I spoke with two leaders in the event community at IMEX to understand the thinking behind critical decisions they made and turn them into practical solutions for you to implement today.  

A blueprint for in-person events during a pandemic 

In-person events are making a comeback. But with the pandemic still happening at various levels of intensity in different parts of the world, event professionals have to carefully consider the risks and plan against uncertainty.

That’s what SaaStr Senior Vice President and General Manager Amelia Ibarra did in September. Long before the agenda, her team focused on the health and safety of their community.

“There wasn’t a blueprint,” Amelia said, “But in the end, the community responded well.” And indeed they did. The annual tech conference was the largest event in the San Francisco Bay Area since the start of the pandemic.

But when billion-dollar startup founders and tech giant CEOs with massive social media followings and mainstream media coverage attend your event, the margin for error is razor-thin. So I asked Amelia to tell us what event professionals should know if they want to follow her lead:

  • Recognize there will be challenges: After reading the research saying transmission risk was lower outside, Amelia opted for an indoor/outdoor venue. The solution, however, introduced new challenges for her team, who had to figure out how to build trade show booths that can withstand the elements and get WiFi coverage for the parking lot. 
  • Establishing health and safety protocols: In the months leading up to SaaStr Annual 2021, the rules to follow for health and safety kept changing. Restrictions were lifted then reinstated. Local policy modifications and exceptions were being made frequently. Unable to keep track, Amelia and her team established health and safety measures to guarantee compliance: masks mandatory indoors, vaccination checks, and rapid testing.   
  • Setting and managing expectations: Every event needs to set and manage expectations for attendees, vendors, sponsors, and more. But with the thoughtful preparations to assure the health and safety of their community, SaaStr Annual 2021 was going to be very different.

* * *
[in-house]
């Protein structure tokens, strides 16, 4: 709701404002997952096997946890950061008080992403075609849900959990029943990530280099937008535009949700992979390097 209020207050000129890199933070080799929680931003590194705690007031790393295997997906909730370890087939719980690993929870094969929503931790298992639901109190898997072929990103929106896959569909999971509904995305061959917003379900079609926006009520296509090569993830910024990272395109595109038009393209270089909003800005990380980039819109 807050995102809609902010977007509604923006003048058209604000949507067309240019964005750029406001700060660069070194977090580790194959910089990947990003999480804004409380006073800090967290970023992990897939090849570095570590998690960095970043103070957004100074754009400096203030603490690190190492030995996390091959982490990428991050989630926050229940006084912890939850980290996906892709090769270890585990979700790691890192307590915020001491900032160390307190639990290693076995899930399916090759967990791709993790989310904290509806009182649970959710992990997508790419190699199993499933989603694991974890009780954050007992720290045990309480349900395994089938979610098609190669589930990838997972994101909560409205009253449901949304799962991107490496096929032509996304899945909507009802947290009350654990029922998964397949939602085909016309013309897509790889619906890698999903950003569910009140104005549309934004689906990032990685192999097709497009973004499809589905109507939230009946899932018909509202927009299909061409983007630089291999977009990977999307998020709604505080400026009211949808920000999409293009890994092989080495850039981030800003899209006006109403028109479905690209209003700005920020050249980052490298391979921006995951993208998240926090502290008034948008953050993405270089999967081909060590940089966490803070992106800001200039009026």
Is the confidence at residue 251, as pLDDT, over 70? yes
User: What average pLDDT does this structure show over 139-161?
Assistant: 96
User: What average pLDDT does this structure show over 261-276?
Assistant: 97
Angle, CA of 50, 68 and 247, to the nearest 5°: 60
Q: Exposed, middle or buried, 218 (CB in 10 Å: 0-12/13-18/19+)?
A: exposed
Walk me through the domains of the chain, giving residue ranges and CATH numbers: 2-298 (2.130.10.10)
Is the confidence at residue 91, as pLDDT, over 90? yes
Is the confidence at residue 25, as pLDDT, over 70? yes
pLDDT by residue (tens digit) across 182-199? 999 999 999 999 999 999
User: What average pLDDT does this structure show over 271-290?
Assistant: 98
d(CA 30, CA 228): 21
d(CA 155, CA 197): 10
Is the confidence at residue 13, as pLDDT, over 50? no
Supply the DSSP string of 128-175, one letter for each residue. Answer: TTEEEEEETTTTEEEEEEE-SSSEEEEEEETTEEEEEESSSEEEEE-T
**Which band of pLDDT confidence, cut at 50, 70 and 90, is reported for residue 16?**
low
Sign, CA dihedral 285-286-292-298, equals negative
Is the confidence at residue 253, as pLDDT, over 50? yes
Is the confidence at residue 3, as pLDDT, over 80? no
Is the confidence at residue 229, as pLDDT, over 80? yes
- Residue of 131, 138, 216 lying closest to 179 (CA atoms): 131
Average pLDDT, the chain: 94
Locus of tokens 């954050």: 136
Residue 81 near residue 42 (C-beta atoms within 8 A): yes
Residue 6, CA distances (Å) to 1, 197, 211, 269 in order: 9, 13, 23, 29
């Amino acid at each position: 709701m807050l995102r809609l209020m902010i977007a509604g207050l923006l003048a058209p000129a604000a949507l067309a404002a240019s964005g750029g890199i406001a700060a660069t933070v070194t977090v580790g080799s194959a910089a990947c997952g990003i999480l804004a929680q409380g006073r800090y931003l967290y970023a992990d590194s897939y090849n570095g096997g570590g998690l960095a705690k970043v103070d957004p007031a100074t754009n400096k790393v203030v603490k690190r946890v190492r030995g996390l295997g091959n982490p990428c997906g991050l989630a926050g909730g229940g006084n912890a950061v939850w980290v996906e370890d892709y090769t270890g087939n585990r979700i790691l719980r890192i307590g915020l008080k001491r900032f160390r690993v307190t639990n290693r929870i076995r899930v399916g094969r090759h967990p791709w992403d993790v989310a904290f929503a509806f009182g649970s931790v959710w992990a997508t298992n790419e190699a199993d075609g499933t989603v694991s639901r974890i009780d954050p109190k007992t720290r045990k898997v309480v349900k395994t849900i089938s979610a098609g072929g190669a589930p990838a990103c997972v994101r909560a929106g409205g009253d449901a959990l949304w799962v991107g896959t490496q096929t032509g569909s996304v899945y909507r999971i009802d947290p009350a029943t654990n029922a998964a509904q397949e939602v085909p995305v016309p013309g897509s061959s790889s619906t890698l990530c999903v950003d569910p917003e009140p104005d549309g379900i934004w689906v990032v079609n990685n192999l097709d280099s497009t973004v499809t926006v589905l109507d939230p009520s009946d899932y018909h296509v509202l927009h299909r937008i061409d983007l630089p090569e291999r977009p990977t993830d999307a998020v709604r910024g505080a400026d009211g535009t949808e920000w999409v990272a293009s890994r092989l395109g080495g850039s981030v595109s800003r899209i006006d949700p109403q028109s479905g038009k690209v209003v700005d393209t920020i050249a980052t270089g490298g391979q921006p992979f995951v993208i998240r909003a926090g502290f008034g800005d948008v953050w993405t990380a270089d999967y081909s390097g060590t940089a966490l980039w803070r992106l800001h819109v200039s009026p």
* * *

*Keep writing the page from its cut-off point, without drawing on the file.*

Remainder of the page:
Hybrid is powerful, but it requires strategy

More than standalone hybrid events, organizers are embracing the concept of a hybrid event strategy — one that mixes in-person and virtual and then synchronous hybrid, whenever needed.

Gitlab Director of Corporate Events Karen Hartline learned a lot about hybrid event strategy over the last two years. When I spoke with her on the show floor, she was adamant, saying “Hybrid is something everyone should be aware of right now because it is the future.”

When it comes to hybrid, however, Karen encourages event professionals to be thoughtful in their approach. Her advice? Think of your hybrid event as two distinct experiences. Each experience requires a separate strategy, budget, and staffing. “If you’re doing a simultaneous event,” she says, “do you have your customer service person who is in the booth also managing online customer service? Probably not.”

The future of events is the freedom to choose

IMEX was the first opportunity for many of us to understand what the new event industry looks like. We got the message loud and clear: Creating shared experiences is about freedom, freedom to engage our audience however we want.

Attendees are also vocal about their freedom to attend any event — however, whenever, and wherever they want. And with a partner like Hopin, you can say we hear you and we can’t wait to make it happen.